chocolate orpingtons dying HELP PLESE

Discussion in 'Emergencies / Diseases / Injuries and Cures' started by louandneil, Aug 28, 2011.

  1. louandneil

    louandneil Out Of The Brooder

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    Please help. I have lost 3 orpingtons in the last month. They all seem fine and then go very sleepy and lethargic and then die. O have seen 3 vets and they all say different things. Please help I don't want to loose any more. They are all youngsters around 16 weeks.
     
  2. jeremy

    jeremy CA Royal Blues

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    Where did you get them?

    Have you sent the dead birds off for a necropsy?
     
  3. louandneil

    louandneil Out Of The Brooder

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    I got 2 hens form a hobby breeder 1 is still alive, another I got from somewhere else and she has fallen ill tonight. I found her gasping, this has now stopped and she is sleepy. The Cockerals was from a breeder, he was dead in his house. I don't know what to do
     
  4. louandneil

    louandneil Out Of The Brooder

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    Oh and no o haven't I thought it was just coincidence until tonight. If this one dies I will send it off
     
  5. ChooksChick

    ChooksChick BeakHouse's Mad Chicken Scientist

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    Please get som Corid asap. It's not going to hurt them if it's not coccidiosis, but those symptoms soooooo frequently link to coccidiosis, I feel you need to dose them with it immediately.
     
  6. louandneil

    louandneil Out Of The Brooder

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    That is exactly what I was thinking after reading on the internet. It is 9.30pm here in UK so I can't get any until tomorrow but I will go straight away and get some. Do I need to treat the ground with anything?
     
  7. ChooksChick

    ChooksChick BeakHouse's Mad Chicken Scientist

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    Quote:No, you don't need to treat the ground, as it is present everywhere and there's no way to prevent reinfection. You simply have to give their digestive system a break so that their immune system can learn to recognize the oocysts and defend them in the future.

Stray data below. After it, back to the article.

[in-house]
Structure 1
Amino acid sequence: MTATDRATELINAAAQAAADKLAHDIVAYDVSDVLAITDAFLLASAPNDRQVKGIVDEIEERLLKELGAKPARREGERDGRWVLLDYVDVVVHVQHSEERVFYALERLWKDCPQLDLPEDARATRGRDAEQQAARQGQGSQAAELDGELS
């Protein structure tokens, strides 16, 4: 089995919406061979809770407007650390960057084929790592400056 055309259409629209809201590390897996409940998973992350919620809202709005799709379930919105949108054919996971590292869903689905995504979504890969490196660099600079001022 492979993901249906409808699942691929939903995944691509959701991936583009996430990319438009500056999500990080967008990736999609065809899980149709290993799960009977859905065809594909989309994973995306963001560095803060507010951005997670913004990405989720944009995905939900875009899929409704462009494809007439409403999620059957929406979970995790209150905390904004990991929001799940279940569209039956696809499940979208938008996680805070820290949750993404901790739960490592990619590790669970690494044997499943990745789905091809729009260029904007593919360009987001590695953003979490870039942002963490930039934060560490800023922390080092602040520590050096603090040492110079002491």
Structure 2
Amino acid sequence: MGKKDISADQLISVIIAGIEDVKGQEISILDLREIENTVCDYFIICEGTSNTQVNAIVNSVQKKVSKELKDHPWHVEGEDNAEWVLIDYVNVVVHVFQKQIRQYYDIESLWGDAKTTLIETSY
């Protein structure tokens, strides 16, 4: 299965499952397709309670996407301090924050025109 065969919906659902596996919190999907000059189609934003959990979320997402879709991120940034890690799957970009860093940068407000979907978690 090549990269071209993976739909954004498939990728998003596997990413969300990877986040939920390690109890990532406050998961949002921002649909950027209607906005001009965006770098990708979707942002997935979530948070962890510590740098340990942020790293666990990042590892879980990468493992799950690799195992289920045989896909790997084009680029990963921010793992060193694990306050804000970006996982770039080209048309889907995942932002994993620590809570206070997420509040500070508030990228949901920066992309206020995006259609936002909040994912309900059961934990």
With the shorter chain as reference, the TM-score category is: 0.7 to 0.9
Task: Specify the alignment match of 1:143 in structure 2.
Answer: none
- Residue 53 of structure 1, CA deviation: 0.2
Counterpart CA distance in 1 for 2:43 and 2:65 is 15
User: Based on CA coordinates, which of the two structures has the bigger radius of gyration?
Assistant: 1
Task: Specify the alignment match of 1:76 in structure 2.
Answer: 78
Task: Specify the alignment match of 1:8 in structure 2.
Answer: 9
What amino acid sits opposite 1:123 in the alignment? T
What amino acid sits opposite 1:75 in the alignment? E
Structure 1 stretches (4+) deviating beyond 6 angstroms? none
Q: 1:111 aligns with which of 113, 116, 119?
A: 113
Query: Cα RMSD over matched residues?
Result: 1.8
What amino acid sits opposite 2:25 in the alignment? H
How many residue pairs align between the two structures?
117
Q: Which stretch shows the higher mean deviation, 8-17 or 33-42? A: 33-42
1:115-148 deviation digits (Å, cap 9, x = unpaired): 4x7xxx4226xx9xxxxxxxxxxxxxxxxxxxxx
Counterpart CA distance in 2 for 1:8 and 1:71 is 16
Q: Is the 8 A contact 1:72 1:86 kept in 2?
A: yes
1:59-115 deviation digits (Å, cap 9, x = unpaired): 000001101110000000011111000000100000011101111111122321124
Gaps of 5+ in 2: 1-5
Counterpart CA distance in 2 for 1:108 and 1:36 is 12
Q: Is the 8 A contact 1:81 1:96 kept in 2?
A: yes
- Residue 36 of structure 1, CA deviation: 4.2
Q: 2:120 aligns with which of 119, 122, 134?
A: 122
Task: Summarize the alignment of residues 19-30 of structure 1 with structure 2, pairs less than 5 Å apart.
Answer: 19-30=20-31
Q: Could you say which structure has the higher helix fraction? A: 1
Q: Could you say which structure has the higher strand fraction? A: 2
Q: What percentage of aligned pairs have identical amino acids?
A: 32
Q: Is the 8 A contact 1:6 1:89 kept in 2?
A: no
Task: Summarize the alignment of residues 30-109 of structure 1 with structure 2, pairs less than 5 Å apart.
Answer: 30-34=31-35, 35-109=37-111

To buy some time, old farmers here recommend giving them a mix of 50% dry milk and 50% feed. This helps to block some of the damage and purge the oocysts until you can get them the Amprolium (several brands are available) and that is just a Thiamin blocker- but it incapacitates the coccidia without hurting them or weakening them the way other drugs might. If you can't find any Amprolium (Corid, Amprol, or even some other form of coccidiostat) you can use Sulmet, a Sulfa-based antibiotic. No other antibiotic will work, as we aren't dealing with a bacteria, but rather, an amoeba. It is, however susceptible to sulfa, so that will often work, but it weakens the bird and destroys the colonies of beneficial bacteria within their intestines, so you MUST feed them probiotics or live-culture yogurt during their treatment and for a week following. You must run a full course of whatever treatment you choose, even if they appear better. Keep their litter dry and clean, and feel free to use a preventive dose of Amprolium for the next month (1/2 dose after a week of full-dose treatment) to help them develop immunity.

    Good luck!!
     
  8. ChooksChick

    ChooksChick BeakHouse's Mad Chicken Scientist

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    If you haven't any dry milk, you might be able to get the survivors to drink canned milk- that is also effective from what I've read as a bit of a delay in damage- it may get you through tomorrow when you can get the right drugs.
     
  9. louandneil

    louandneil Out Of The Brooder

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    Thank u so much. I know this sound stupid but is cows milk from a carton ok?
     
  10. ChooksChick

    ChooksChick BeakHouse's Mad Chicken Scientist

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    Quote:If that's all you have, it's better than nothing. Something about the protein or fat seems to help, and concentrated works better, but 'do what you can' is my feeling on this!

    Best of luck!
     

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